Gin has been enjoying a real flourish as the on-trend drink, with Scottish distilleries at the heart of the boom.
Ahead of World Gin Day next month, Fiona Laing, who has been delving into the past for new book The Gin Clan, told Bill Gibb The Honest Truth about our Scottish gin.
Why is there so much gin in Scotland?
It’s partly our reputation for making spirits – both whisky and gin. Our natural resources help as the pure water and wealth of botanicals inspire people to be creative as they create gins. There is also a market for Scottish gin: people like to try products made in Scotland.
Is it as simple as that?
Not really. Many different factors come into play. At the height of the Gin Craze in the early 18th Century, Scots were taking advantage of the thirst for spirits. In the 1770s, Scots were exporting spirit to England to be “rectified into gin” and it’s said that, by 1786, Scottish production accounted for a quarter of the English market.
Historically, Scotland had strong connections with what is now the Netherlands, the home of jenever, the forerunner of gin. Its key ingredient, juniper, was exported from Scotland and the result imported. The taste for gin travelled the world and in the noughties, when rules changed and people were allowed to use smaller stills, craft distillers in Scotland were ready to rise to the challenge.
How much gin is there in Scotland?
We know from the Wine & Spirits Trade Association that last year Brits bought 73 million bottles of gin and it’s said that 60% of the UK’s gin is made in Scotland.
That has much to do with the fact Diageo makes both Tanqueray and its European supplies of Gordon’s Gin at Cameronbridge in Fife. But there is also a lot of gin being crafted in Scotland in smaller operations.
When I started researching the book last September I thought there were about 175 gins. We passed 200 by Christmas and in April the Gin Co-operative website added its 250th profile of a Scottish gin.
In my book, I listed 77 distilleries making gin in Scotland but I now know of several more.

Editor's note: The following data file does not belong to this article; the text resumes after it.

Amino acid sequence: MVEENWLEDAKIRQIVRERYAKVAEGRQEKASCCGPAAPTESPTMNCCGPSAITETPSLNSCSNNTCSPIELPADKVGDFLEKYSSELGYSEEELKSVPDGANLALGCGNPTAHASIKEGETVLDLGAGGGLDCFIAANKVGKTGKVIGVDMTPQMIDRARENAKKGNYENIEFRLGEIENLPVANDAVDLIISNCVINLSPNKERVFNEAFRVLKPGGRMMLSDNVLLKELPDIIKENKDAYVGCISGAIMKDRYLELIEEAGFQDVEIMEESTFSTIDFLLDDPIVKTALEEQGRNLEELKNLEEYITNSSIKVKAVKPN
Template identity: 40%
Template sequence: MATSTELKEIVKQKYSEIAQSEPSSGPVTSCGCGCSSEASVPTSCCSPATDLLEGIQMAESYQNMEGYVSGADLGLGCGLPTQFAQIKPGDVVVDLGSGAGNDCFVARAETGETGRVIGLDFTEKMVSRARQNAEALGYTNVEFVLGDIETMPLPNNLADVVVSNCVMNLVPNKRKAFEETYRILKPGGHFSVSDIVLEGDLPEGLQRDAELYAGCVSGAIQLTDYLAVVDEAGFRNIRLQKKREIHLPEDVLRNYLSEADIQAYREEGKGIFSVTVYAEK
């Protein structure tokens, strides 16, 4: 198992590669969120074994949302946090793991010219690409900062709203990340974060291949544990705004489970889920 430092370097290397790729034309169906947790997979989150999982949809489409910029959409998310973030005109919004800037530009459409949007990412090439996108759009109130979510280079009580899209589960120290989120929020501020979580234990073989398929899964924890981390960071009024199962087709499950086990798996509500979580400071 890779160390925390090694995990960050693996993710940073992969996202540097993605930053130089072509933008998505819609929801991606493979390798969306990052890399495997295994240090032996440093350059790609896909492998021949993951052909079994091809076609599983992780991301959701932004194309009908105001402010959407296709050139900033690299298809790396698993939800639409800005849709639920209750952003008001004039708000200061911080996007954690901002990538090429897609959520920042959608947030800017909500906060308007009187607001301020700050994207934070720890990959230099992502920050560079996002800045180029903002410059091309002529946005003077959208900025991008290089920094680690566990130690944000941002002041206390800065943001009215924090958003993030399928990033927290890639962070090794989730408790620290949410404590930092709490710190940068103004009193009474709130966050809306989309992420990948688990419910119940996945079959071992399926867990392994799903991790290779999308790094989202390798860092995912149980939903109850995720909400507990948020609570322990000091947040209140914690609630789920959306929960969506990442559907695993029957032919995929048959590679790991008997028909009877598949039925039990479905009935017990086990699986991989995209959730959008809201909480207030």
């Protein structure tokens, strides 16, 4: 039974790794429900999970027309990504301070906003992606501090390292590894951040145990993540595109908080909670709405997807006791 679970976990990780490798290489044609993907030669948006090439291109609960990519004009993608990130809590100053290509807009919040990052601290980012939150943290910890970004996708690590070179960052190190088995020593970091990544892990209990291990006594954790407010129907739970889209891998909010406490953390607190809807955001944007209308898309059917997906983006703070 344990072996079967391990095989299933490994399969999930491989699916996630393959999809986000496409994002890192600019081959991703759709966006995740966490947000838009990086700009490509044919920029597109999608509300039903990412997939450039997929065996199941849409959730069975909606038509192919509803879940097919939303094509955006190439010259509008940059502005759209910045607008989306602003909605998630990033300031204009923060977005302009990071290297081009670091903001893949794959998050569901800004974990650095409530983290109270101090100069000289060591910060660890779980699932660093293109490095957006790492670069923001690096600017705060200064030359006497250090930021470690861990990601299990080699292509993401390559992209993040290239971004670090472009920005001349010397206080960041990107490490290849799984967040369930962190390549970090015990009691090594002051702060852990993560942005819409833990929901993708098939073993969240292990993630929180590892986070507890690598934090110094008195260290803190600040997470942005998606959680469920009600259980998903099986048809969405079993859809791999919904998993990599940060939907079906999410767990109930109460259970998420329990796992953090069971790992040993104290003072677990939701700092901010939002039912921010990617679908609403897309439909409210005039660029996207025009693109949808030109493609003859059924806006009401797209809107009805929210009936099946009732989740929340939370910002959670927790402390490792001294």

What was the first modern Scottish gin?
The one that made the headlines was Hendricks when it was launched in 1999 by William Grant & Sons.
It was a while before the next ones came along. Boë was in 2007, then Caorunn in 2009 and Darnley’s, Edinburgh and Gilt in 2010. The Botanist was launched in 2011. All except Boë were from whisky companies.
However, the crown for the oldest Scottish gin goes to one of the Kith & Kin. Old Raj Gin was launched in 1972 by Cadenhead’s, based in Campbeltown.
How did you make sense of it all?
The Distilling Clan consists of the distilleries – its members have a still in Scotland and they use it to make gin.
The Kith & Kin are the rest: the gins we think of as Scottish. There are makers, creators and brand owners who have gin made for them in Scotland – and elsewhere. There are cuckoo distillers who make their gin on other people’s stills. And there are makers who use compounding techniques to create “bathtub” gins. Some are the Distilling Clan “in waiting” with a distillery in the making.
It must have been tough researching the book?
Before you say it – no, my home is not the best-stocked gin bar in Scotland. I went to several gin festivals and tried to taste the gins that way. I have tried to tell the stories of the makers.
Is there a typical gin maker in Scotland?
No, and that’s what made writing the book such fun. There are graduate distillers, shopkeepers, bar owners, mixologists, farmers, gardeners, project managers and software developers – name a job and I can probably find a maker who has done it. There are a few themes, such as the whisky makers waiting for their malt to mature or the estates and farms diversifying their income.
The Gin Clan: Scottish Gins & Distilleries by Fiona Laing, Great Northern Books, £11.99